Are you Tolstoy or Dostoevsky?
The Pushkin House Russian Book Prize aims to bring the UK and Russia closer together. Judge Viv Groskop sets the scene
"So, are you Dostoevsky party or Tolstoy party?" It's a question you could expect to come up at a meeting of the judges of a prize for non-fiction writing about Russia. But I did not know how to answer it. The man asking was Boris Akunin, my fellow judge of the 2014 Pushkin House Russian Book Prize and Russia's best-selling contemporary novelist (30 million copies). "Dostoevsky party," I replied cautiously, fairly sure that he would be on the same side. "Oh dear," Boris shook his head, "I am Tolstoy party."
It had not started well. But somehow we ended up with a strong shortlist of six extraordinary new books, unveiled last week at the Independent Bath Literature Festival at an event hosted by Financial Times journalist and Pushkin House co-chair Andrew Jack, featuring me excitedly reading extracts from each title.
The £5,000 prize launched last year and is awarded "to the author of the best book about Russia or the Russian-speaking world, which is accessible to the general reader, and published in English for the first time between 1 January and 31 December 2013." Our chairman is Dr Rowan Williams, former Archbishop of Canterbury and legendary Russianist. (He declared himself Dostoevsky party. Which surprised me. Surely Tolstoy is more spiritual?) Also on the panel: Catriona Kelly, professor of Russian at New College, Oxford (Tolstoy party) and, in absentia via email, historian Douglas Smith, whose Former People won the inaugural prize last year (party unknown). The winner will be announced at London's Pushkin House in Bloomsbury on Wednesday 30 April.
We had a longlist of more than 40 contenders. Non-fiction writing about Russia is having something of a boom, perhaps because of the success of writerly historians like Orlando Figes and Simon Sebag Montefiore, as well as the increasing profile of commentators like Masha Gessen and Anne Applebaum (both on last year's shortlist). Gessen has a new book out about Pussy Riot, for example, too recently published to be eligible for our criteria.
Overall, though, contemporary writing on Russia fared poorly in the judging process, which took place just before events in Ukraine started to unfold. We all agreed that books looking at the current and most recent history of the post-Soviet bloc can be problematic: events on the ground move fast. Most of all, we felt that what the Russian situation benefits most from is historical perspective and background. The past fortnight has really underlined that for me.
The shortlist, then, is a masterclass in little-known but compellingly readable Russian history. Owen Matthews' Glorious Misadventures: Nikolai Rezanov and the Dream of a Russian America reads like a great novel: it tells the story of an adventurer and courtier in the early 19th century when Russia had outposts in California and Hawaii. (Yes, really.) Equally original and refreshing is The Black Russian by Vladimir Alexandrov, the biography of Frederick Bruce Thomas, the son of Mississippi slaves who became a millionaire impresario in Tsarist Moscow. (Also: yes, really.)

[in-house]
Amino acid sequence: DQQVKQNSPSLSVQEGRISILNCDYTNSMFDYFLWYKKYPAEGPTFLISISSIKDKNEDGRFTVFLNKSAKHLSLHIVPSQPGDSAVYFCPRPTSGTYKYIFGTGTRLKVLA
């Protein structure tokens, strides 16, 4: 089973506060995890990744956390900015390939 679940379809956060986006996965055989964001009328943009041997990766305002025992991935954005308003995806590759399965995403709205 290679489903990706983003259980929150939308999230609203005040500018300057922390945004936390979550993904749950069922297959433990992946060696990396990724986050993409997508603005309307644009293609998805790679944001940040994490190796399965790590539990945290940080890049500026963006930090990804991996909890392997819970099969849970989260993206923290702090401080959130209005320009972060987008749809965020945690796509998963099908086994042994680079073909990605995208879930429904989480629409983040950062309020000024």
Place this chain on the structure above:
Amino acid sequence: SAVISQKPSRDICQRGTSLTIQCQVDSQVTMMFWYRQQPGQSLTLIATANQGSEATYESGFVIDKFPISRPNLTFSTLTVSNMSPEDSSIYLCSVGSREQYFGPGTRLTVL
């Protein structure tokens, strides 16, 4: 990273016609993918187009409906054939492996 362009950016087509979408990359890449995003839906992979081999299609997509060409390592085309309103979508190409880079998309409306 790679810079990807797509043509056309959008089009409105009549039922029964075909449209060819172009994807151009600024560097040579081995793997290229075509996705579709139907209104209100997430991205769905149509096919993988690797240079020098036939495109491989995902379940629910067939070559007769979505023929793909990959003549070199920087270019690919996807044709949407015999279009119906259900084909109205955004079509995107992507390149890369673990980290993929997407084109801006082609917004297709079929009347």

There are two books by academics who have made a career of writing brilliantly and accessibly about Russian history. One is wonderfully personal: Sheila Fitzpatrick's A Spy in the Archives: A Memoir of Cold War Russia describes in detail what it was like to be a post-graduate student insider in Moscow in the 1960s, a time of suspicion, shortages and endless accusations of spying. The other is a fantastic glimpse into the Kremlin itself: Red Fortress: The Secret Heart of Russia's History by Catherine Merridale. Lively and addictive, it's a rare glimpse behind the scenes of one of the very few buildings in the world that still keeps its original late-medieval function: to intimidate the populace.
And of course Russia can't be understood without reference to its food and music. Musorgsky and His Circle: A Russian Musical Adventure by Stephen Walsh is an intellectual biography of some of the best-known and most admired Russian musicians of the 19th century, the "Mighty Handful": Musorgsky, Balakirev, Cui, Rimsky-Korsakov and Borodin. Walsh also focuses on their guru, Vladimir Stasov, and presents a brilliant examination of the cultural context that created the music.
Finally, Anya von Bremzen's Mastering the Art of Soviet Cooking: A Memoir of Food and Longing is a highly entertaining treat. From a Moscow communal apartment where 18 families shared a kitchen, to an emigré life in the US where the author and her mother attempt to recreate the taste of their Soviet past, it's a celebration of finding identity through food rituals. And, like all the books on the shortlist, a reminder that there's more to a country than just news headlines.
Viv Groskop is a writer, broadcaster, Russian speaker and artistic director of the Independent Bath Literature Festival
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